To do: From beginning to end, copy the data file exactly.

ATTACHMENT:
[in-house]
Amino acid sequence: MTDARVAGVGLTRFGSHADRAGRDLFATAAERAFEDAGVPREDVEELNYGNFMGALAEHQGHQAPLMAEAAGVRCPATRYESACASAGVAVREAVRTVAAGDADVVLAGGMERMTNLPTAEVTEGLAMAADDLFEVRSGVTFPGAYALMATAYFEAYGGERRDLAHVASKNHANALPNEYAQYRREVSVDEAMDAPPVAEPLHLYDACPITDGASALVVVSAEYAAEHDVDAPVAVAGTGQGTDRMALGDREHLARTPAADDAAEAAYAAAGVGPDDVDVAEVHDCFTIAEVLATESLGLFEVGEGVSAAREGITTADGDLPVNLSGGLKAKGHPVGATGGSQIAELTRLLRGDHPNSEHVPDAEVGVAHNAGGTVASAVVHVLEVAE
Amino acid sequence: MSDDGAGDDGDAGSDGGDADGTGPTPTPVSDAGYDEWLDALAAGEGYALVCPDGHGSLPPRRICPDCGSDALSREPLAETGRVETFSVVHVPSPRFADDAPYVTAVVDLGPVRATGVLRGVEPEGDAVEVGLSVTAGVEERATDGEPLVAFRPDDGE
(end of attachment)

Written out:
[in-house]
Amino acid sequence: MTDARVAGVGLTRFGSHADRAGRDLFATAAERAFEDAGVPREDVEELNYGNFMGALAEHQGHQAPLMAEAAGVRCPATRYESACASAGVAVREAVRTVAAGDADVVLAGGMERMTNLPTAEVTEGLAMAADDLFEVRSGVTFPGAYALMATAYFEAYGGERRDLAHVASKNHANALPNEYAQYRREVSVDEAMDAPPVAEPLHLYDACPITDGASALVVVSAEYAAEHDVDAPVAVAGTGQGTDRMALGDREHLARTPAADDAAEAAYAAAGVGPDDVDVAEVHDCFTIAEVLATESLGLFEVGEGVSAAREGITTADGDLPVNLSGGLKAKGHPVGATGGSQIAELTRLLRGDHPNSEHVPDAEVGVAHNAGGTVASAVVHVLEVAE
Amino acid sequence: MSDDGAGDDGDAGSDGGDADGTGPTPTPVSDAGYDEWLDALAAGEGYALVCPDGHGSLPPRRICPDCGSDALSREPLAETGRVETFSVVHVPSPRFADDAPYVTAVVDLGPVRATGVLRGVEPEGDAVEVGLSVTAGVEERATDGEPLVAFRPDDGE